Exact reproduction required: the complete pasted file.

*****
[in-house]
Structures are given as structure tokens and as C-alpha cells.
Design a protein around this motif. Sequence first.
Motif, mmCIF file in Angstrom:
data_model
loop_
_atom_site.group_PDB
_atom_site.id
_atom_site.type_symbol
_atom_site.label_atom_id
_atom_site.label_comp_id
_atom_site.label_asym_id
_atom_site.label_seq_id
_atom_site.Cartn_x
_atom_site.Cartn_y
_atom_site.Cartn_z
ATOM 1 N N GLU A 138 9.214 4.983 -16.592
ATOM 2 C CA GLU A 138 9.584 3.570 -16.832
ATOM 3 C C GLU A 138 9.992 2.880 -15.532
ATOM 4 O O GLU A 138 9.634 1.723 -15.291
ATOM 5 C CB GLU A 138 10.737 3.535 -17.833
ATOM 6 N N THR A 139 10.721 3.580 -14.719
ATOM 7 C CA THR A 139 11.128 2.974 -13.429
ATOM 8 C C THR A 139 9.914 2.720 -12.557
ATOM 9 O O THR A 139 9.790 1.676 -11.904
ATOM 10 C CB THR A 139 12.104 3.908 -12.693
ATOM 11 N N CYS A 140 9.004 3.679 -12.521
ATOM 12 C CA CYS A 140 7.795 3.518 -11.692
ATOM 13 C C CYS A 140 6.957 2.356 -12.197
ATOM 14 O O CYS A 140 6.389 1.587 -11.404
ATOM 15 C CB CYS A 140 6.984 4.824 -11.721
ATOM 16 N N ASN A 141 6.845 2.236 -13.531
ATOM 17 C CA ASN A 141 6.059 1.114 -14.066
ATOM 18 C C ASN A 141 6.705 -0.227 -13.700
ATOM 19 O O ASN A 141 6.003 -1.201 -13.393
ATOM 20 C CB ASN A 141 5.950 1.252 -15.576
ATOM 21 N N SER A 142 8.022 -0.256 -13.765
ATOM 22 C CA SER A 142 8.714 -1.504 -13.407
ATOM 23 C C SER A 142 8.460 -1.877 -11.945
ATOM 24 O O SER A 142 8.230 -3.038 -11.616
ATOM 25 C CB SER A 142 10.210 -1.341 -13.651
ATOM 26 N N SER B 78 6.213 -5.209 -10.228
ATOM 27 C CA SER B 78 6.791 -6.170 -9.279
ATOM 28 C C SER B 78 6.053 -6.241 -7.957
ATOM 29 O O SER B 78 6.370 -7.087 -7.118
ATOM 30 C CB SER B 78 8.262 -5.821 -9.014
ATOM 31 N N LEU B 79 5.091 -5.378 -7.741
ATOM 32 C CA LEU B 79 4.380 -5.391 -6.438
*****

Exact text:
[in-house]
Structures are given as structure tokens and as C-alpha cells.
Design a protein around this motif. Sequence first.
Motif, mmCIF file in Angstrom:
data_model
loop_
_atom_site.group_PDB
_atom_site.id
_atom_site.type_symbol
_atom_site.label_atom_id
_atom_site.label_comp_id
_atom_site.label_asym_id
_atom_site.label_seq_id
_atom_site.Cartn_x
_atom_site.Cartn_y
_atom_site.Cartn_z
ATOM 1 N N GLU A 138 9.214 4.983 -16.592
ATOM 2 C CA GLU A 138 9.584 3.570 -16.832
ATOM 3 C C GLU A 138 9.992 2.880 -15.532
ATOM 4 O O GLU A 138 9.634 1.723 -15.291
ATOM 5 C CB GLU A 138 10.737 3.535 -17.833
ATOM 6 N N THR A 139 10.721 3.580 -14.719
ATOM 7 C CA THR A 139 11.128 2.974 -13.429
ATOM 8 C C THR A 139 9.914 2.720 -12.557
ATOM 9 O O THR A 139 9.790 1.676 -11.904
ATOM 10 C CB THR A 139 12.104 3.908 -12.693
ATOM 11 N N CYS A 140 9.004 3.679 -12.521
ATOM 12 C CA CYS A 140 7.795 3.518 -11.692
ATOM 13 C C CYS A 140 6.957 2.356 -12.197
ATOM 14 O O CYS A 140 6.389 1.587 -11.404
ATOM 15 C CB CYS A 140 6.984 4.824 -11.721
ATOM 16 N N ASN A 141 6.845 2.236 -13.531
ATOM 17 C CA ASN A 141 6.059 1.114 -14.066
ATOM 18 C C ASN A 141 6.705 -0.227 -13.700
ATOM 19 O O ASN A 141 6.003 -1.201 -13.393
ATOM 20 C CB ASN A 141 5.950 1.252 -15.576
ATOM 21 N N SER A 142 8.022 -0.256 -13.765
ATOM 22 C CA SER A 142 8.714 -1.504 -13.407
ATOM 23 C C SER A 142 8.460 -1.877 -11.945
ATOM 24 O O SER A 142 8.230 -3.038 -11.616
ATOM 25 C CB SER A 142 10.210 -1.341 -13.651
ATOM 26 N N SER B 78 6.213 -5.209 -10.228
ATOM 27 C CA SER B 78 6.791 -6.170 -9.279
ATOM 28 C C SER B 78 6.053 -6.241 -7.957
ATOM 29 O O SER B 78 6.370 -7.087 -7.118
ATOM 30 C CB SER B 78 8.262 -5.821 -9.014
ATOM 31 N N LEU B 79 5.091 -5.378 -7.741
ATOM 32 C CA LEU B 79 4.380 -5.391 -6.438